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Author Topic: limit switches and cable sheilding  (Read 6396 times)

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limit switches and cable sheilding
« on: July 30, 2007, 06:38:49 PM »
hello folks im having a weird problem and im also new to building a cnc.
i have all of my six limit switches in series anditseems when im running it will go into estop or a limit switch is tripped when all is well.
im wondering if it is a good idea to have them all in series .

also im running wires pretty close to the servo motor wires and do they need to be sheilded.

im running mach 3.

i also when i uncheck the estop in the pins config page it will go and check it self again.

im just tring to get mach 3 configured with the limits anf homing swiches and it is getting tough.

thanks............Robert

Offline Chaoticone

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Re: limit switches and cable sheilding
« Reply #1 on: July 30, 2007, 06:51:55 PM »
Hey Robert, would be best if all cable was shielded. You can try to add some debounce if you haven't allready and see if it helps. General config. make it about 2000 and try.

Brett
;D If you could see the things I have in my head, you would be laughing too. ;D

My guard dog is not what you need to worry about!

Hood

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Re: limit switches and cable sheilding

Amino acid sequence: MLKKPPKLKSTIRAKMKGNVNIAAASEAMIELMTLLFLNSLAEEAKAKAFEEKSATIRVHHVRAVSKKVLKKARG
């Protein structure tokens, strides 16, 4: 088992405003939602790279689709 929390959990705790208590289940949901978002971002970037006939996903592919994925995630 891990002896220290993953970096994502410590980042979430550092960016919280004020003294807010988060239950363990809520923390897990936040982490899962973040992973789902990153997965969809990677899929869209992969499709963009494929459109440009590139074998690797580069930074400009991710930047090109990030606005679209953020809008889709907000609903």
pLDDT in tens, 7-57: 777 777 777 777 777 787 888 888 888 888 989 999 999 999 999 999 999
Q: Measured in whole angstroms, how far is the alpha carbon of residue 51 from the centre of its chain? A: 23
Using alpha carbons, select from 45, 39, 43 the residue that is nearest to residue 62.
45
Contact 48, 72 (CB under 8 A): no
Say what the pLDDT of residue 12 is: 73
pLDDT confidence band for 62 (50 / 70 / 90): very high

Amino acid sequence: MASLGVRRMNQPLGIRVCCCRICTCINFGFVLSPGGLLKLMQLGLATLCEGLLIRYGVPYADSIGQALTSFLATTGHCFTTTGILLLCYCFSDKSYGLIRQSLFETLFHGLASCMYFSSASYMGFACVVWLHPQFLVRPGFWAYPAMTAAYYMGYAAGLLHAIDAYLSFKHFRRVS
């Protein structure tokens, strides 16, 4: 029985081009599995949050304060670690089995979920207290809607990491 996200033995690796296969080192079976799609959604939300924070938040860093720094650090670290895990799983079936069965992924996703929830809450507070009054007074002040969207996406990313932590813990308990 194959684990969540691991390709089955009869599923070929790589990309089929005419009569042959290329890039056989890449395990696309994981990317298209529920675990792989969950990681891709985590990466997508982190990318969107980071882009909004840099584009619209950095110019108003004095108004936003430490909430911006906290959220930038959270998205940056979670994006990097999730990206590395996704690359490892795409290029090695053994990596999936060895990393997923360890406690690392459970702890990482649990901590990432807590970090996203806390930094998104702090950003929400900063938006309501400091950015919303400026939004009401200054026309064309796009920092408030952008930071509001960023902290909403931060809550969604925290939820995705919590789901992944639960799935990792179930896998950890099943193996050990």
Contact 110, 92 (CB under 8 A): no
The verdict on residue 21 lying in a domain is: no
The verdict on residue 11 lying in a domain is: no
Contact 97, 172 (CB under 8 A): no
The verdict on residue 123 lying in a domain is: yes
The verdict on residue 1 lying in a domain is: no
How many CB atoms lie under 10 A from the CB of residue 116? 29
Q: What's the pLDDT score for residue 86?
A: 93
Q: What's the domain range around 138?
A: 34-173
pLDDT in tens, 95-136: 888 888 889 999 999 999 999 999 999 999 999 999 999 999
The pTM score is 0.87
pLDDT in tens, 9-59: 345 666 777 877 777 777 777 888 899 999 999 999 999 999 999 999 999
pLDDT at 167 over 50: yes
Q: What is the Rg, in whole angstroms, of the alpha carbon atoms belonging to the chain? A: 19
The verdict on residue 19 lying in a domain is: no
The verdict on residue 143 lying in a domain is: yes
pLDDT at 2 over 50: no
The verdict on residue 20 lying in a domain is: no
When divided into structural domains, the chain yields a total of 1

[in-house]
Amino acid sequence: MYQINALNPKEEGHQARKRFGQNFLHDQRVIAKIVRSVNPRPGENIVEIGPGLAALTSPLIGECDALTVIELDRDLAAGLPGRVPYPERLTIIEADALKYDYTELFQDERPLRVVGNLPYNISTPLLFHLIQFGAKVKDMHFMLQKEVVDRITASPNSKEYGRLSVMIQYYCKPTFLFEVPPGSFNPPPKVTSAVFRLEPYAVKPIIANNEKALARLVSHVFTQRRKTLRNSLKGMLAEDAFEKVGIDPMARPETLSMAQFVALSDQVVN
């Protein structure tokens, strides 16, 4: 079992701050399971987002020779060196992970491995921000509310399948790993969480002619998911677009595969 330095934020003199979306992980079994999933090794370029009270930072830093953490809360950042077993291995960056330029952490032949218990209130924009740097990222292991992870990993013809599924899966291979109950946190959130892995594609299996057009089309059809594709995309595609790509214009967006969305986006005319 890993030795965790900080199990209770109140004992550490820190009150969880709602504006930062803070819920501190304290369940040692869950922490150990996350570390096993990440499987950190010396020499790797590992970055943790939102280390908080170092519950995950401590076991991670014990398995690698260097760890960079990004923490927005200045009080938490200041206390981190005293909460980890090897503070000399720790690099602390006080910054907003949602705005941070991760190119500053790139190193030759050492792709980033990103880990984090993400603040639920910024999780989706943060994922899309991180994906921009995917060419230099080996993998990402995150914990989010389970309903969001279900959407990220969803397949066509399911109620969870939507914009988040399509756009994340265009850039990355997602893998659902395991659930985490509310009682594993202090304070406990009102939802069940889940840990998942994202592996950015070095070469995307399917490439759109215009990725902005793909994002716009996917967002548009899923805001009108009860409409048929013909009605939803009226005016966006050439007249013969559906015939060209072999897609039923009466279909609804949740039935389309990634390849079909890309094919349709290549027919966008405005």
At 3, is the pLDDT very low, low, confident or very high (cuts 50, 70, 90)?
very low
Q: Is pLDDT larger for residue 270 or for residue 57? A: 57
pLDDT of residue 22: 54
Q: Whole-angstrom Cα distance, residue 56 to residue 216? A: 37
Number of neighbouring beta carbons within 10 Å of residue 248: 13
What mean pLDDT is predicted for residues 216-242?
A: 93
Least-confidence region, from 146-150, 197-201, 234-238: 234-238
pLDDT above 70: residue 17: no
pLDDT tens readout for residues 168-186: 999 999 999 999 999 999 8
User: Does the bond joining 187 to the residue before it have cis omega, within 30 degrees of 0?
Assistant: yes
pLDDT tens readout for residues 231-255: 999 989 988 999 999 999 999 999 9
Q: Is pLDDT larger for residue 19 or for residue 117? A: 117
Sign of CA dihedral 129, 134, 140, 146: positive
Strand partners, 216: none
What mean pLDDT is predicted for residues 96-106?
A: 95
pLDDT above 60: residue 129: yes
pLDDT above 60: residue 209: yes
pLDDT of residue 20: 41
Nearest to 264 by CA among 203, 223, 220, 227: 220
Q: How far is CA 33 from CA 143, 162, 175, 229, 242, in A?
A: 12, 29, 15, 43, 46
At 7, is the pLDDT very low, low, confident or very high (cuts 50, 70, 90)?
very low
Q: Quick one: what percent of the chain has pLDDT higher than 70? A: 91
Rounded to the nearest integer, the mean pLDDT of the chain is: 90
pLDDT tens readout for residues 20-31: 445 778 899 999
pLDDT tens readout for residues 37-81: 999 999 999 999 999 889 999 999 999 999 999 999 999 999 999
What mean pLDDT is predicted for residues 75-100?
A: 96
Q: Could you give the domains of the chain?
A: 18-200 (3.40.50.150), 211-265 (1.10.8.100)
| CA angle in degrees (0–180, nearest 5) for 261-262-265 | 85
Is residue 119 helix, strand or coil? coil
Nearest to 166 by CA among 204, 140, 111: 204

« Reply #2 on: July 31, 2007, 04:20:44 PM »
For the estop just change the active state and it wont be a problem. But best to get a real estop on your machine for safety reasons.
Hood

Offline SimonD

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Re: limit switches and cable sheilding
« Reply #3 on: August 03, 2007, 01:55:35 PM »
I am suffering with Limit Switches triggering at the moment albeit only occasionally now.

My machine currently has 2 axis running, with 2 limit switches on each axis, wired in series to individual inputs.
Both the motor cables and the limit cables are shielded. One cable works fine (1.5m) , the other seems to pick up interference, it is almost as though it is a "tuned length" (2m)
The cables are wired so the shield is connected only at the controller end. If I switch the cables around then it trips amost immediately.

I have tried debounce up to 2000 and it seems to improve the situation slightly.
Re: limit switches and cable sheilding
« Reply #4 on: August 03, 2007, 04:28:09 PM »
How many wires are in the cable you are using? If it's 2 and 1 ground, have you grounded one end at least? If it is more than 2 you should consider changeing them out... The more wires you have the more antenna you'll have...
Hey THANKS 4 all the help in advance. I'll need more than you'll ever expect!!!


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Re: limit switches and cable sheilding
« Reply #5 on: August 03, 2007, 05:04:09 PM »
For the estop just change the active state and it wont be a problem. But best to get a real estop on your machine for safety reasons.
Hood